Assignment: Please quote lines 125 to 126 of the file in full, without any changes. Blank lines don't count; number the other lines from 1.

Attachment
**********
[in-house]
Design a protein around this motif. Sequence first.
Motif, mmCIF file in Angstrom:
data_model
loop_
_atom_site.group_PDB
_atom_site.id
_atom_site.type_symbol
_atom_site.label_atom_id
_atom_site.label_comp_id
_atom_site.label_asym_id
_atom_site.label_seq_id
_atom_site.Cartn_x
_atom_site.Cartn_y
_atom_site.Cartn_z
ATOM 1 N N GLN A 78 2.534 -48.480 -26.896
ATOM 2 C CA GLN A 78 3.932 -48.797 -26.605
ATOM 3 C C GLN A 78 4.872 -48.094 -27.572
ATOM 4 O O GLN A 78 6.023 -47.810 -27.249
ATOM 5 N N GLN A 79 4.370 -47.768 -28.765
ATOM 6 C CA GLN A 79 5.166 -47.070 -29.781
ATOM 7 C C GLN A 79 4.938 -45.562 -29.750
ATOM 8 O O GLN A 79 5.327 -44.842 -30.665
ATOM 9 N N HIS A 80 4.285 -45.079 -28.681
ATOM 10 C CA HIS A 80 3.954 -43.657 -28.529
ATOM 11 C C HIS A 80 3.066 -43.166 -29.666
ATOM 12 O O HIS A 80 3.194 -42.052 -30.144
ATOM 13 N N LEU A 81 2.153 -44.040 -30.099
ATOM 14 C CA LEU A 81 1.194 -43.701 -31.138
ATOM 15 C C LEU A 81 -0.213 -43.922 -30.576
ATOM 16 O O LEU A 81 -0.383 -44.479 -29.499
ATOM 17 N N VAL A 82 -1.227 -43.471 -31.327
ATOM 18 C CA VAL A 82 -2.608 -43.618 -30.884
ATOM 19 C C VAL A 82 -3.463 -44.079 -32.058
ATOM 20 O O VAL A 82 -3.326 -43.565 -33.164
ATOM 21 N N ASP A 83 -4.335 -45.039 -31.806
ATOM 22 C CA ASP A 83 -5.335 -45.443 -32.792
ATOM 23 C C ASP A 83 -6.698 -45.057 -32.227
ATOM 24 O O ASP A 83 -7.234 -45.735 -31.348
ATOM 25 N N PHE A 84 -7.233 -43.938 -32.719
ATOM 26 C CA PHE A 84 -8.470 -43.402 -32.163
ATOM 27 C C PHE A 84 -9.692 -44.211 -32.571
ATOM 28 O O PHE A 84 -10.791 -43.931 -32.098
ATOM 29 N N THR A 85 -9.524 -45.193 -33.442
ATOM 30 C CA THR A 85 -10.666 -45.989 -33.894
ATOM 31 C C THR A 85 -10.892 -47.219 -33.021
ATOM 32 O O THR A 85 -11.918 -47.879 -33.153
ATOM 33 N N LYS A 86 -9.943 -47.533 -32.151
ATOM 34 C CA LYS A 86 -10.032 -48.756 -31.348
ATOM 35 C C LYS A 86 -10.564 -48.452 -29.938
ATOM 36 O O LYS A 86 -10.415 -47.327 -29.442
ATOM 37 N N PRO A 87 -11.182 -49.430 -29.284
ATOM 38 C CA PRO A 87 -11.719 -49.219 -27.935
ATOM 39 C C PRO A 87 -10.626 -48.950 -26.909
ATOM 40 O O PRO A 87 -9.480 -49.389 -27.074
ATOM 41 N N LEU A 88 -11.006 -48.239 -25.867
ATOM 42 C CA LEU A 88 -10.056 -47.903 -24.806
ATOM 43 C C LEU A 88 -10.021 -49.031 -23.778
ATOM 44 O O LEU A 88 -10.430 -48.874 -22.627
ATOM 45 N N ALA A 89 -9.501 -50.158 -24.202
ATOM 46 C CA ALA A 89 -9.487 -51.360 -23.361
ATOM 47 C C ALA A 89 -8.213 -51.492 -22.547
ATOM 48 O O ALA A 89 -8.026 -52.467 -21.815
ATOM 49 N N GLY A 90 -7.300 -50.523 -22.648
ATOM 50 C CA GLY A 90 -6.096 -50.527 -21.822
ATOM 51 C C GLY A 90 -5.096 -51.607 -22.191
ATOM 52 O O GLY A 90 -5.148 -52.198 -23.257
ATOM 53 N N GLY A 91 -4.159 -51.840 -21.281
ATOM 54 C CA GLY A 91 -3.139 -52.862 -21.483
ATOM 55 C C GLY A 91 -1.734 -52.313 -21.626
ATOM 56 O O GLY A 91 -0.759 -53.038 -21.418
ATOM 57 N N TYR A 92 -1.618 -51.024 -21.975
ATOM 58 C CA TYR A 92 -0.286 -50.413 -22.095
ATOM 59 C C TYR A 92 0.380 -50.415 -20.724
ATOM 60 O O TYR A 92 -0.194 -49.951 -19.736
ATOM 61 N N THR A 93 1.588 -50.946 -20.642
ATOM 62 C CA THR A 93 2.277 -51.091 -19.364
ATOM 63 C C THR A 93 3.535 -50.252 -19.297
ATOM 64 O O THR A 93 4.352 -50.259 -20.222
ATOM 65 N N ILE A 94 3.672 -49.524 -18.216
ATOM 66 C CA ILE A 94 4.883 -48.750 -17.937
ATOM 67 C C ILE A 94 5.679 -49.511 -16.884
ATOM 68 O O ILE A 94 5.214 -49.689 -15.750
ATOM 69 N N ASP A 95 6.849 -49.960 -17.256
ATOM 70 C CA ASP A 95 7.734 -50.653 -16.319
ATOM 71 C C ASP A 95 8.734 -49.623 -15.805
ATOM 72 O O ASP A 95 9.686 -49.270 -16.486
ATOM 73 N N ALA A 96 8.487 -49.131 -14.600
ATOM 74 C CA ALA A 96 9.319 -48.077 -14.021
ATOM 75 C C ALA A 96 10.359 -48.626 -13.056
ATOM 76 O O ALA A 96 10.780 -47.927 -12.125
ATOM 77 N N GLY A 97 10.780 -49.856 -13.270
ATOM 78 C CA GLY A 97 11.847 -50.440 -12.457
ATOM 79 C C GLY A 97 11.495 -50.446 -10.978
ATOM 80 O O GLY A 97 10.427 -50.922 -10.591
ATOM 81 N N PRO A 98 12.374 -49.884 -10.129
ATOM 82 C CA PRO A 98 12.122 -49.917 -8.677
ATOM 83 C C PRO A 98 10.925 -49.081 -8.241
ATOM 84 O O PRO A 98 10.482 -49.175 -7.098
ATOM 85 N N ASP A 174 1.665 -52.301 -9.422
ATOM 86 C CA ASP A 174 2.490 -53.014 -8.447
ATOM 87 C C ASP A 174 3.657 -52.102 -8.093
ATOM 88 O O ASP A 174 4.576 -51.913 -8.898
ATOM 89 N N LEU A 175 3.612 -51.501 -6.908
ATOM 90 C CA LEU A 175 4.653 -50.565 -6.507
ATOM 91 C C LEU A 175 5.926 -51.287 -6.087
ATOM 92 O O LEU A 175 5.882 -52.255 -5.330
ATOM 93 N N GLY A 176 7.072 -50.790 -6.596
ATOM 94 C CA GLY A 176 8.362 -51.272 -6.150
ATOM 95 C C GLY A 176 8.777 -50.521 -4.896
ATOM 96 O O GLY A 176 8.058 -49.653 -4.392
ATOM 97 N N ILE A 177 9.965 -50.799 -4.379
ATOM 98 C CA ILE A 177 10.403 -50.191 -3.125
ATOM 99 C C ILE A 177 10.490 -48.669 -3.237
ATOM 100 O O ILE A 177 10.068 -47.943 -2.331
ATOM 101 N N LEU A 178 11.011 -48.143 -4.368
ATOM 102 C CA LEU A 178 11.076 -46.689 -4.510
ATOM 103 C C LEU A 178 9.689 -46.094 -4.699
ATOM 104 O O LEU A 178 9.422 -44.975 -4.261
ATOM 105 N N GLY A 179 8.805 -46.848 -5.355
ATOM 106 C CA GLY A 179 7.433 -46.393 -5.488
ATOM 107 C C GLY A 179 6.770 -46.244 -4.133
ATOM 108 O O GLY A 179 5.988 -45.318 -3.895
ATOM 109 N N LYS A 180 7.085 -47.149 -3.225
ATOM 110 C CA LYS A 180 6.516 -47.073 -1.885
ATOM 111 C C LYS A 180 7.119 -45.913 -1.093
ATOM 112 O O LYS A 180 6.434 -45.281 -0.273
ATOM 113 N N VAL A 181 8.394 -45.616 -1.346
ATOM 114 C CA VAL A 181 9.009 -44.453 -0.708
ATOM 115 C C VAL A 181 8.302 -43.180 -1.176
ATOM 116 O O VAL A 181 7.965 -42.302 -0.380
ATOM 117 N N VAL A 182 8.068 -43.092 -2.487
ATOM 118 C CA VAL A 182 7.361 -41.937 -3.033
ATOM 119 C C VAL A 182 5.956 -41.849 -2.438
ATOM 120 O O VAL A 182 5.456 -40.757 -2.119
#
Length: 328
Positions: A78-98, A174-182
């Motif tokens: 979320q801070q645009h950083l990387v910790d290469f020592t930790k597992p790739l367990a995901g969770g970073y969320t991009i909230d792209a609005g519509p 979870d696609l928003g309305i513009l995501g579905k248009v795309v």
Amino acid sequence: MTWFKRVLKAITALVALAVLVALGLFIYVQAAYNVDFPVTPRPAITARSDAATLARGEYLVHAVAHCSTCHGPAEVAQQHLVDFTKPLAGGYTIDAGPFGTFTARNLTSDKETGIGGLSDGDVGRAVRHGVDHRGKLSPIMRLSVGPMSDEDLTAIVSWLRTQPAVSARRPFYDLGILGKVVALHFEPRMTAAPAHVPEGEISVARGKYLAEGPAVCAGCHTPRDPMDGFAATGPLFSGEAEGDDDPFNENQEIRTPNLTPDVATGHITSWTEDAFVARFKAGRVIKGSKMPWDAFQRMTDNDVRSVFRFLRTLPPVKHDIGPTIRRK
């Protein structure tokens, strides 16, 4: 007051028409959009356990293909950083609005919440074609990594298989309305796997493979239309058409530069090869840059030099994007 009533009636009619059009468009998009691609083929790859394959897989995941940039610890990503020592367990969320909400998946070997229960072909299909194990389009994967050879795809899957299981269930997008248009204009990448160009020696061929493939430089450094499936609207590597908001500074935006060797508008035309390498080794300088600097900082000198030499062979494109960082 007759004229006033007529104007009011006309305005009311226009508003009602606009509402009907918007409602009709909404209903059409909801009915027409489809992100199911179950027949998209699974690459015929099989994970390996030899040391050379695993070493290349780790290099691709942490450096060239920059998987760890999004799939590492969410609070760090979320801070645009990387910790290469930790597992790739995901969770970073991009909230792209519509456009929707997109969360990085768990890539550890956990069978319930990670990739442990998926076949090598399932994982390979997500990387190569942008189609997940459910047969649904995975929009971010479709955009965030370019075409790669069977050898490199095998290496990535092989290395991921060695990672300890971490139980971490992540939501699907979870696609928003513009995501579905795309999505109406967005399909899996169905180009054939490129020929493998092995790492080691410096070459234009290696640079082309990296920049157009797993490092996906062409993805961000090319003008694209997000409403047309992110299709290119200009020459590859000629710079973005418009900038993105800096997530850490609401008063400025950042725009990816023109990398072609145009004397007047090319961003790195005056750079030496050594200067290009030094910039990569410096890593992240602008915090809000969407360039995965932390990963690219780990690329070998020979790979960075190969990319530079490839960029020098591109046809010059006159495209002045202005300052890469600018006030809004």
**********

ATOM 110 C CA LYS A 180 6.516 -47.073 -1.885
ATOM 111 C C LYS A 180 7.119 -45.913 -1.093